We are currently studying other enveloped RNA viruses. The influenza virus, A (H1N1) pdm09, still circulating, which caused the first pandemic of the 21st century. We are interested in the role of the matrix protein M1 (and M2) in the membrane assembly of this virus. M1 is the most abundant viral protein and is essential for influenza virus assembly. We have recently shown that the arginine triplet (R76/77/78) located on helix 5 of M1, a highly conserved motif among influenza A subtypes, is essential for its localization to the cell plasma membrane, for the membrane attachment of M1, for its incorporation into viral particles and for its infectivity (in collaboration with O.Moncorgé, IRIM CNRS Montpellier and P. Roingeard, University of Tours). Its mutation completely abolishes the production of infectious virus. This study also allowed us to develop a minimal system for the production of non-infectious influenza A VLP-M (Kerviel, Dash et al., 2016).

We are now interested in the role of cortical actin and its dynamic regulators in the assembly and budding of influenza A virus and SARS-CoV-2 (Bracquemond & Muriaux, 2021), that we explore using RNA interference, infection, and cell biology techniques coupled with advanced photonic microscopies.

5. HIV-1, IAV and SARS-CoV-2 assembly visualized by Atomic force microscopy (AFM) on single virus particles.

(Funding : ANRS 2015, ANRS 2019, MUSE)

We have shown using atomic force microscopy at the level of single virus particles that genomic RNA is a polydispersity factor in the morphology of HIV-1 (Faivre-Moskalenko et al.,2014). In collaboration with the physicists C. Moskalenko and M. Castelnovo at ENS Lyon, atomic force microscopy is used to quantitatively study the variation of the size of viral particles and cores produced by host cells, as a function of various microenvironments (Bernaud et al., 2015). This polydispersity is an estimator of the self-assembly efficiency of the HIV-1 Gag protein.
We have recently imaged the infectious and the inactivated SARS-CoV2 virus by AFM in collaboration with Sébastien Lyon and the Cemipai team (Lyonnais et al., 2021).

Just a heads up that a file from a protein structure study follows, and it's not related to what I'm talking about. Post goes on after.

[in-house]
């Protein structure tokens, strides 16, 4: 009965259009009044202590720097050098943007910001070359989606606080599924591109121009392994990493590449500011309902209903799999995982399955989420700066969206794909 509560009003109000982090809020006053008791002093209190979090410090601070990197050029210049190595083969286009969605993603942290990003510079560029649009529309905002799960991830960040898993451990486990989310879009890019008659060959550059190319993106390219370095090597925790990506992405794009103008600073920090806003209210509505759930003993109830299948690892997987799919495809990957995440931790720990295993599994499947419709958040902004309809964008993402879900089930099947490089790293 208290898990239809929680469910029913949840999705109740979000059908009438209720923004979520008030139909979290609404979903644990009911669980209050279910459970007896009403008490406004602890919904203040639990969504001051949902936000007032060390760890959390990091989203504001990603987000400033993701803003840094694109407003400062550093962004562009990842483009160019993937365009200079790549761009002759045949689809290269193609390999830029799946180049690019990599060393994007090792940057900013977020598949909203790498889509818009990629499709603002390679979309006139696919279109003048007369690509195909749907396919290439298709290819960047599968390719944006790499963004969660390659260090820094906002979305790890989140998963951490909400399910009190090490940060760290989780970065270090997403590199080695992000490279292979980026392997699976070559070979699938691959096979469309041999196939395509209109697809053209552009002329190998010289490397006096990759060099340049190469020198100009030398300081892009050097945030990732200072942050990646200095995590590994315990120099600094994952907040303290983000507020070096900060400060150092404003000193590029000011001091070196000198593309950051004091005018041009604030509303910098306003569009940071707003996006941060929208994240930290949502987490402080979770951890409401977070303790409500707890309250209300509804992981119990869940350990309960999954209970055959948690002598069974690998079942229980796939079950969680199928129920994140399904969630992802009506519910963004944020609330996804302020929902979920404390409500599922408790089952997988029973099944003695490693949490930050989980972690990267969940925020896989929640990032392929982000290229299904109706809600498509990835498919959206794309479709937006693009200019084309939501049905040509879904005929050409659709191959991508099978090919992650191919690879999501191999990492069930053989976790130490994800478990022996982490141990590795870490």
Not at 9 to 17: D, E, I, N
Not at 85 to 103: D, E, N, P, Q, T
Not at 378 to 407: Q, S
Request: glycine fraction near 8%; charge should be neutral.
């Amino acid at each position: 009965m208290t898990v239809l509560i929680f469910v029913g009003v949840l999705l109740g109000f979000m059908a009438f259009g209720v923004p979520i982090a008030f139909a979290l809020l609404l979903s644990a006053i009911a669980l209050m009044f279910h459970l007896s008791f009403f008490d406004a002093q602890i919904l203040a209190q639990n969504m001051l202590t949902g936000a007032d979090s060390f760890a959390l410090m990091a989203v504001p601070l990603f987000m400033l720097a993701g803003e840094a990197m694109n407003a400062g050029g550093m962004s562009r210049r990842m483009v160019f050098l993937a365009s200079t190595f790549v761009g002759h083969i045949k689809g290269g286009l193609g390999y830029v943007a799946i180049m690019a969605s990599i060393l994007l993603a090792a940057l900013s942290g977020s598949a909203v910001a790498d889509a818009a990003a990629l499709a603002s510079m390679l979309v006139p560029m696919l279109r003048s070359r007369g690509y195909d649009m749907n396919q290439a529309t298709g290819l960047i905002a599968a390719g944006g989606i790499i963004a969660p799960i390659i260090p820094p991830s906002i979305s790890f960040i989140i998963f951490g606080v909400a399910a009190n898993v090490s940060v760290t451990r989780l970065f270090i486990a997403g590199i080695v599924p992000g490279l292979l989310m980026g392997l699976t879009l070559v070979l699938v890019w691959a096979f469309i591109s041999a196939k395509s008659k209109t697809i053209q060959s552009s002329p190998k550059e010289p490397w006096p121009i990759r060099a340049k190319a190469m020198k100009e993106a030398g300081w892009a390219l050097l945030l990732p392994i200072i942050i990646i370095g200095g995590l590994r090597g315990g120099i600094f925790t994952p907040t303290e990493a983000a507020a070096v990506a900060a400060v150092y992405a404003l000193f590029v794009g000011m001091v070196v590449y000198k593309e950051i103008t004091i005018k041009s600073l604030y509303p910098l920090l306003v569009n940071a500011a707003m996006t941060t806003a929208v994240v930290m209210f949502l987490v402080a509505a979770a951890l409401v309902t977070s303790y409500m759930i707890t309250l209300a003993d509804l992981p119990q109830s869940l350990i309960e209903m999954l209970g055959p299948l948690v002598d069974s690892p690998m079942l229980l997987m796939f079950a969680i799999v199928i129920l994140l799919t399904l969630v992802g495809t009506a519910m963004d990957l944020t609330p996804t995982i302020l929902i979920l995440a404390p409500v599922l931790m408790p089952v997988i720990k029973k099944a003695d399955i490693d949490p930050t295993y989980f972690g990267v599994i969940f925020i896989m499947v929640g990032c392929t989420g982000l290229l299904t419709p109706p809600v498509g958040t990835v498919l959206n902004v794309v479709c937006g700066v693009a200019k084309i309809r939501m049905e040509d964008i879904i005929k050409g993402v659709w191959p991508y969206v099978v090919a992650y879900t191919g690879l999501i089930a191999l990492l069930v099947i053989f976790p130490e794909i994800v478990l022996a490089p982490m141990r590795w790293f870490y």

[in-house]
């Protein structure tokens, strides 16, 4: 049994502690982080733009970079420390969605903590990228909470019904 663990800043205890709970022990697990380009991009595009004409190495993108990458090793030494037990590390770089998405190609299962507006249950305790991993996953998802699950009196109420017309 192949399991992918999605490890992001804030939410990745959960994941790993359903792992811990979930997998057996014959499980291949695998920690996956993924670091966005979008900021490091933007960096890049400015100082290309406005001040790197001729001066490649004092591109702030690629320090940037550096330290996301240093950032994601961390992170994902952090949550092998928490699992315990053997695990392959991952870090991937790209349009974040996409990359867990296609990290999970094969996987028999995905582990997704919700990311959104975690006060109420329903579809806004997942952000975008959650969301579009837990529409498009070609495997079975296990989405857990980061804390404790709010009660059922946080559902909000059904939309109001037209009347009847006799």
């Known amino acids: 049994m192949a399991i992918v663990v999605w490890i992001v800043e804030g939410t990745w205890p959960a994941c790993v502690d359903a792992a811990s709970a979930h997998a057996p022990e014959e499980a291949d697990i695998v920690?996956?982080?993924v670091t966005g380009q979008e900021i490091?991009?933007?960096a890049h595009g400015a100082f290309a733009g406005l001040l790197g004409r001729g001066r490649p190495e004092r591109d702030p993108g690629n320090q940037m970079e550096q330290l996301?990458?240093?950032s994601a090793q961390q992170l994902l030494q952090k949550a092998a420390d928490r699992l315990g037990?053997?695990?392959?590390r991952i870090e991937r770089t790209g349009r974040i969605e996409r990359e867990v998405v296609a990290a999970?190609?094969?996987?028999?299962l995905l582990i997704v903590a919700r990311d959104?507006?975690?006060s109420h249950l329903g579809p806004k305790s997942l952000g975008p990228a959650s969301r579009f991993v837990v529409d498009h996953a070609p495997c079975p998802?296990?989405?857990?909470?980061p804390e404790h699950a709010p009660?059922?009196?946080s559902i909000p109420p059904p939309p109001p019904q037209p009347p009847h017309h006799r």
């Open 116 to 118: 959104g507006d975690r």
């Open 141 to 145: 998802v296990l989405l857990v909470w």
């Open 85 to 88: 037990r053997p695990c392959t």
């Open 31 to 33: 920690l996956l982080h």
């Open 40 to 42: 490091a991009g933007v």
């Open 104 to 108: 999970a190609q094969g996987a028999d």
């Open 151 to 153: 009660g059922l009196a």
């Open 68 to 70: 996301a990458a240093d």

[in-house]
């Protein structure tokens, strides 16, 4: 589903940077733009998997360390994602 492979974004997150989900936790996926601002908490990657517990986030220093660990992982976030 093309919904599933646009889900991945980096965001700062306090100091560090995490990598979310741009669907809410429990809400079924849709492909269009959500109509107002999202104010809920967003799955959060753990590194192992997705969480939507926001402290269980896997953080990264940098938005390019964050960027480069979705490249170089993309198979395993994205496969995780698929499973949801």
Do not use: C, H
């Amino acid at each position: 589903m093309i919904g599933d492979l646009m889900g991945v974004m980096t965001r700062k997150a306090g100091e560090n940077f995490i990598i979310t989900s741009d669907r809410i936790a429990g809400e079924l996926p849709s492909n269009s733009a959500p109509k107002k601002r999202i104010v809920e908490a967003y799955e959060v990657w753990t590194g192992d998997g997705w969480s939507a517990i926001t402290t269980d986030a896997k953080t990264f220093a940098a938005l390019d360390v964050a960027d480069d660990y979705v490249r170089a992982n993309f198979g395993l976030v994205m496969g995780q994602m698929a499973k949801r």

We continue to analyze all types of VLPs derived from HIV-1, IAV and SARS-CoV-2 viruses by these fluorescence techniques, which represent wonderful tools to study the assembly or the entry of viruses into their host cell (outside a BSL3).

Back to research topics



*Co-last and/or corresponding, # Co first, In Bold, team members

Publication Year : 2023

Publication Year : 2022

Publication Year : 2021

Publication Year : 2020

Publication Year : 2019

Publication Year : 2018


Publication Year : 2016


Publication Year : 2015

Publication Year : 2014

Publication Year : 2013

Publication Year : 2012


Released before team established

Publication Year : 2011
Publication Year : 2010 Publication Year : 2009
  • Gasecka A, Han TJ, Favard C, Cho BR, Brasselet S. Quantitative imaging of molecular order in lipid membranes using two-photon fluorescence polarimetry. Biophysical Journal ; 97(10):2854-62.
  • Grigorov B, Attuil-Audenis V, Perugi F, Nedelec M, Watson S, Pique C, Darlix JL, Conjeaud H and D.Muriaux A role for CD81 on the late steps of HIV-1 replication in a chronically infected T cell line. Retrovirology ; 6:28.
  • F.Perugi, D.Muriaux, B.C.Ramirez, S.Chabani, E.Decroly, JL.Darlix, V.Blot & C.Pique Human Discs Large is a new negative regulator of HIV-1 infectivity. Molelcular & Cellular Biology ; 20:498-508.
  • Taulet N, Comunale F, Favard C, Charrasse S, Bodin S, Gauthier-Rouvière C. N-cadherin/p120 catenin association at cell-cell contacts occurs in cholesterol-rich membrane domains and is required for RhoA activation and myogenesis.Journal of Biological Chemistry ; 284(34):23137-45.
  • Portet T, Camps i Febrer F, Escoffre JM, Favard C, Rols MP, Dean DS. Visualization of membrane loss during the shrinkage of giant vesicles under electropulsation. Biophysical Journal ; 96(10):4109-21.
Publication Year : 2008